Vegetable

A Mushroom Roasting-Method That Gives You Both Crispy Edges & Rich Sauce

September  8, 2016

Sally Schneider’s roasted mushrooms, found within her recipe for coq au vin in A New Way to Cook, is one of many that relies on technique—not butter or salt or other enrichments—to build flavor.

It’s a two-step process. First the mushrooms roast in a covered pan with shallots, thyme, garlic, and wine:

Ready, ready, ready, ready to run. We mean roast. Photo by Alexandra Stafford

After thirty minutes in this steamy environment, the mushrooms shrink, releasing much of their liquid, which, when mixed with the now-seasoned wine, creates a flavorful broth.

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This broth then gets poured off and reserved, and the mushrooms return to the oven uncovered at a higher temperature where they roast until their edges brown:

Anddddd we're done! Photo by Alexandra Stafford

For her coq au vin, Schneider mixes the mushroom broth with chicken stock (and later, port, Madeira, and red wine) to make a braising liquid, but the broth is incredibly tasty on its own, too. When it’s reduced stovetop briefly, its flavors concentrate into a rich, aromatic, umami-filled sauce. This whole roasting and reducing process takes about an hour, but the time is mostly hands off, and the result—a two-for-one, mushrooms plus a sauce—is well worth the wait.

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Top Comment:
“Would you be able to prepare/cook the mushrooms a day or two before and still have same yumminess/results? Suggestions? ”
— Georgetown-DC
Comment

The mushrooms and sauce could be tossed with buttered egg noodles or spooned over garlic-rubbed toasts, but creamy polenta is a particularly good match.

And if you cook the polenta on the stovetop while the mushrooms roast, the timing works out perfectly: Just as the cornmeal softens completely, the mushrooms will emerge with edges caramelized. At this time, too, the reducing mushroom broth will be ready for one final touch: a pad of butter, a modest enrichment that gives the sauce body and silkiness.

Even Schneider, I think, would approve.

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A New Way to Dinner, co-authored by Food52's founders Amanda Hesser and Merrill Stubbs, is an indispensable playbook for stress-free meal-planning (hint: cook foundational dishes on the weekend and mix and match ‘em through the week).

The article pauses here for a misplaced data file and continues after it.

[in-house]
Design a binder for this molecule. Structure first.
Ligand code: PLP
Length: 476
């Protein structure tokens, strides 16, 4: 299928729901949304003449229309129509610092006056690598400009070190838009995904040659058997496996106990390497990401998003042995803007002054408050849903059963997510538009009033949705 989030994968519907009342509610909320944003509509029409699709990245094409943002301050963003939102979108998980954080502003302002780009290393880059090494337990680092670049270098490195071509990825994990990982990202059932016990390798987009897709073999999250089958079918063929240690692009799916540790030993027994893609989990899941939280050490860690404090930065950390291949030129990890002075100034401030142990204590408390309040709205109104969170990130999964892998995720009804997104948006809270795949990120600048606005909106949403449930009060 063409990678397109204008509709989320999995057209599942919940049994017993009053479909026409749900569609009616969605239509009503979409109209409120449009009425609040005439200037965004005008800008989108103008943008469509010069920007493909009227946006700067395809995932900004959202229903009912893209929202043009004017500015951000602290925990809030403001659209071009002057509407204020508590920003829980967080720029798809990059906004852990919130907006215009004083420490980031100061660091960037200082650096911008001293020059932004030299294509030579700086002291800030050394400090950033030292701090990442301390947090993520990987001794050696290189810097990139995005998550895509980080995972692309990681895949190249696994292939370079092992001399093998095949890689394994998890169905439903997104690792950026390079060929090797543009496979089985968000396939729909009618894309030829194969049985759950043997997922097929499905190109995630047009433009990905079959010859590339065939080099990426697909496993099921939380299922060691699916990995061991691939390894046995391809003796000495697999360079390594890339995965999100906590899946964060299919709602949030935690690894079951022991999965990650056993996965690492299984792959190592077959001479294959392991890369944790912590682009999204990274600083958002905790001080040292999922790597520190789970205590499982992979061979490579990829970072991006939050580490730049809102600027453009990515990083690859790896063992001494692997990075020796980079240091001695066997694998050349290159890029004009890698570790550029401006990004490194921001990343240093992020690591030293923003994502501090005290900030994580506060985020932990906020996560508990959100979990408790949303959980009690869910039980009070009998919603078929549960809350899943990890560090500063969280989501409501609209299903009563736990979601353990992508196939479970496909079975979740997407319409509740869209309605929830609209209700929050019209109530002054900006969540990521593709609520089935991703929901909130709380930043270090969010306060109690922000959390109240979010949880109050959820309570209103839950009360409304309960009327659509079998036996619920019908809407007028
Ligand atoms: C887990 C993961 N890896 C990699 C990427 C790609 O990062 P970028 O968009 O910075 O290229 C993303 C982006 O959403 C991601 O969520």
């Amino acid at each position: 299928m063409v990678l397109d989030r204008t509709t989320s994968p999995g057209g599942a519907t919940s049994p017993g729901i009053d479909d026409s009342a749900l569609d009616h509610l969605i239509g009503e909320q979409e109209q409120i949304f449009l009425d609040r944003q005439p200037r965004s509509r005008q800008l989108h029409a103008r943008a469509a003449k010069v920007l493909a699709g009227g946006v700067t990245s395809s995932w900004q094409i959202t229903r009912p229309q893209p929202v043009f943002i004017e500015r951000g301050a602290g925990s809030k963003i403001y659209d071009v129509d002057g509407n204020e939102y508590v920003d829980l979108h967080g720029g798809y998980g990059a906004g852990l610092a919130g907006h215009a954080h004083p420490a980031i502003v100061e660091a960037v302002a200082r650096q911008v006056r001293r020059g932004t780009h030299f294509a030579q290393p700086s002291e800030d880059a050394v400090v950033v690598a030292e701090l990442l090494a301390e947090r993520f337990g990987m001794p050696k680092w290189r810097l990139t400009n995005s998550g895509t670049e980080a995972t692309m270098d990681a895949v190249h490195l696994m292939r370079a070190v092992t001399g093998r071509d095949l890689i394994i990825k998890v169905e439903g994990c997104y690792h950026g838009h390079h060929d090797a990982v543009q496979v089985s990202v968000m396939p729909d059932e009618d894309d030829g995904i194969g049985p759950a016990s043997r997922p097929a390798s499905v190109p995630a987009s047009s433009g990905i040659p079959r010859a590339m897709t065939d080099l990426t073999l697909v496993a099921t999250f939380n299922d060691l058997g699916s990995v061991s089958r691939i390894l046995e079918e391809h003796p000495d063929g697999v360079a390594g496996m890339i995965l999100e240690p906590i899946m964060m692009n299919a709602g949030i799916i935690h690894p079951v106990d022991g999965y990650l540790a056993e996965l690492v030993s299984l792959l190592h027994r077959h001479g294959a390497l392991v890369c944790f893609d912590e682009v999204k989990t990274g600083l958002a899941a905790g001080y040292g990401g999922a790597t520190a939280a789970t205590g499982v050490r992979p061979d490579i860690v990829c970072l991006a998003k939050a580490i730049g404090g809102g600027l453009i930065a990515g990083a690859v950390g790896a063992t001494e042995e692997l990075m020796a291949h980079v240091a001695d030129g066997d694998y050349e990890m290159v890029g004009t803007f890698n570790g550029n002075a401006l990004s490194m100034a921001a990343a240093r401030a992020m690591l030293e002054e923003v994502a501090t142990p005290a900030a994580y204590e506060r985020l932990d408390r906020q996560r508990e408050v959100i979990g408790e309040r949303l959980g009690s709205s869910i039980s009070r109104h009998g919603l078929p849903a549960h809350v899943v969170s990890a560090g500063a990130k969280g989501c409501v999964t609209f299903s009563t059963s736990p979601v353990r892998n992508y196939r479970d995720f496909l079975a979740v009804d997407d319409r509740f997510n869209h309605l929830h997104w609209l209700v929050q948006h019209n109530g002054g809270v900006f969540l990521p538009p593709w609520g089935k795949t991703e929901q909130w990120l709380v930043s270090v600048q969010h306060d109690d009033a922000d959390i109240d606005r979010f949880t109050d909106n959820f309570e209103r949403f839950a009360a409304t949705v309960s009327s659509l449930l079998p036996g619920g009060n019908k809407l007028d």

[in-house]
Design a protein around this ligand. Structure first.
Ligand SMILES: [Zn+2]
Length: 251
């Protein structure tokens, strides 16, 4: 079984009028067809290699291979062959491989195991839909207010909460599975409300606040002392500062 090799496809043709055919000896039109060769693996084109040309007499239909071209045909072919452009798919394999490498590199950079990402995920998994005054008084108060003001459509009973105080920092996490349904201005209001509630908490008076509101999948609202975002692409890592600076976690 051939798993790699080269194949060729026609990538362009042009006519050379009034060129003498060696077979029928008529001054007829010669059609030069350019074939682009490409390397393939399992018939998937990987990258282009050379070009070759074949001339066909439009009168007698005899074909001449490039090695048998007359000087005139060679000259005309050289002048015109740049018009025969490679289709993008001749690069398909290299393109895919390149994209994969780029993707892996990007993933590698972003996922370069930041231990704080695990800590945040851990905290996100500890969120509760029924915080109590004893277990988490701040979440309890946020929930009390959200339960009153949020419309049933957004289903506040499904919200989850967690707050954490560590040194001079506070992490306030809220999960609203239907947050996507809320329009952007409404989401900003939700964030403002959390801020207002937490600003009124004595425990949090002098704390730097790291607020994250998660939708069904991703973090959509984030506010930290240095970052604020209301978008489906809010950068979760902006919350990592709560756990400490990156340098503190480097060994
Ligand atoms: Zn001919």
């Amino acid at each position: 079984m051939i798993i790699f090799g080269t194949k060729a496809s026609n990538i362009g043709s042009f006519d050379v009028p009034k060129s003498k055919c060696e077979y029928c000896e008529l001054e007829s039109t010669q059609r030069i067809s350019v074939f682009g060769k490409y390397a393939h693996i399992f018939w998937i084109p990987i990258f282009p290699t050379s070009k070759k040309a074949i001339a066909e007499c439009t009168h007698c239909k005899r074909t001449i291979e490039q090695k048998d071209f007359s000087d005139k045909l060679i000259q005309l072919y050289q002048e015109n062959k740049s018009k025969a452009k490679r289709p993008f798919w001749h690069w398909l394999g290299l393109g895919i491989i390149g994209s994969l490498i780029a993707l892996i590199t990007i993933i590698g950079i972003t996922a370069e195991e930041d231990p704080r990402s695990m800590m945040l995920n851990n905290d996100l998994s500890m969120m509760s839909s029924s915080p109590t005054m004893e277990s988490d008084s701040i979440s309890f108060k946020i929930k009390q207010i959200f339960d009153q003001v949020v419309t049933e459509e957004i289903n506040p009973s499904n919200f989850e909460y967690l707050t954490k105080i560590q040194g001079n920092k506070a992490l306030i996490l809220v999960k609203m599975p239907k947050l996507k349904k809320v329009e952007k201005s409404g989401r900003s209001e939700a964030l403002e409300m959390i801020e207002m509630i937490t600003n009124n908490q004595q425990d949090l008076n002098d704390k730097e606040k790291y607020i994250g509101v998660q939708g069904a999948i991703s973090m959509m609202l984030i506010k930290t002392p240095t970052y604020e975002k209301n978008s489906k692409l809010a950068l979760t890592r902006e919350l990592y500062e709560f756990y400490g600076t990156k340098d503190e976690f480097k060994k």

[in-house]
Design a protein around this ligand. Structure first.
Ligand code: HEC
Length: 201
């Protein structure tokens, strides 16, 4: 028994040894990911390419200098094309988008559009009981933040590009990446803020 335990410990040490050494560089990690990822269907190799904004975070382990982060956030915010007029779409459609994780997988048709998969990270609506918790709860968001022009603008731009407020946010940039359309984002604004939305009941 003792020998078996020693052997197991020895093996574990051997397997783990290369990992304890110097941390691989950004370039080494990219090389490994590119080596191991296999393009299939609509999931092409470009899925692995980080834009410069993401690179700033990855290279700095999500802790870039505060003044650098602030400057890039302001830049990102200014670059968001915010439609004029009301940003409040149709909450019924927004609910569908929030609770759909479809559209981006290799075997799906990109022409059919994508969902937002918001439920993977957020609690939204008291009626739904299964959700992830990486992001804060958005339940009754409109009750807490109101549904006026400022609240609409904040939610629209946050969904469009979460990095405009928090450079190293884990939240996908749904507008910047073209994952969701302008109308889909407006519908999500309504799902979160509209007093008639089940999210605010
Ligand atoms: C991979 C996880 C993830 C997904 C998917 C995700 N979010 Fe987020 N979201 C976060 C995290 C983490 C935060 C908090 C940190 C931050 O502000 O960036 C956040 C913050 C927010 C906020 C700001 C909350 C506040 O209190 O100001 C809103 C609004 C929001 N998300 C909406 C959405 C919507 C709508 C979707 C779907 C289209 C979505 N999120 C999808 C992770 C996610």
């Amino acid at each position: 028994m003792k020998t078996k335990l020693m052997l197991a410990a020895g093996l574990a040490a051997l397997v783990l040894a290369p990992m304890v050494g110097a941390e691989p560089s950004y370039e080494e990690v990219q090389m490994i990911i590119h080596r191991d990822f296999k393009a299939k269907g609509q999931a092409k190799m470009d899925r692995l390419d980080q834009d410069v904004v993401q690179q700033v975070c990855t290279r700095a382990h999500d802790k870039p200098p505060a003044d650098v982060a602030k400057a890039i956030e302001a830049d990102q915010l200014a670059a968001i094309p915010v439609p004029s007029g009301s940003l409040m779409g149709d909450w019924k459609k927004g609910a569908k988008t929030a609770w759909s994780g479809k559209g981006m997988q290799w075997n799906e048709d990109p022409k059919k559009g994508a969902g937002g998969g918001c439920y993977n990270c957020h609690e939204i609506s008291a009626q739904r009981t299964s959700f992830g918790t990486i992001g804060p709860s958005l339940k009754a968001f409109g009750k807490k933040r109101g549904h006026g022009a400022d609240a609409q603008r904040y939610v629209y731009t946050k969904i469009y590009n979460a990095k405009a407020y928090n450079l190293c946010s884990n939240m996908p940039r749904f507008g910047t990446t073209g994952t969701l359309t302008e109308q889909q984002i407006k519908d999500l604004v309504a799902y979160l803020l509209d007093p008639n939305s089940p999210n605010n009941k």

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9 Comments

Kelsey R. September 18, 2017
bless your dixie chicks reference.
 
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Alexandra S. September 18, 2017
Can't take credit! Love it, too, though :) :) :)
 
Rhonda35 September 11, 2017
Sounds like another winner, Alexandra!
 
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Alexandra S. September 11, 2017
Thanks, Rhonda! :) :) :)
 
Petervl September 11, 2017
oh, YUM! Making this (maybe with roasted fingerling potatoes and sans polenta - I dunno, will see how much energy I have) as a side to roasted chicken tonight!
 
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Alexandra S. September 11, 2017
That sounds amazing Peter! Yes to fingerlings — yum. Hope you are well!
 
Petervl September 11, 2017
oh, YUM! Making this (maybe with roasted fingerling potatoes and sans polenta - I dunno, will see how much energy I have) as a side to roasted chicken tonight!
 
Georgetown-DC September 10, 2017
Would you be able to prepare/cook the mushrooms a day or two before and still have same yumminess/results? Suggestions?<br />
 
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Alexandra S. September 11, 2017
Yes, definitely! I would reheat them in a small baking dish at 350 or so until they are hot. Warm the sauce on the stovetop—bring it to a gentle simmer. Should work well!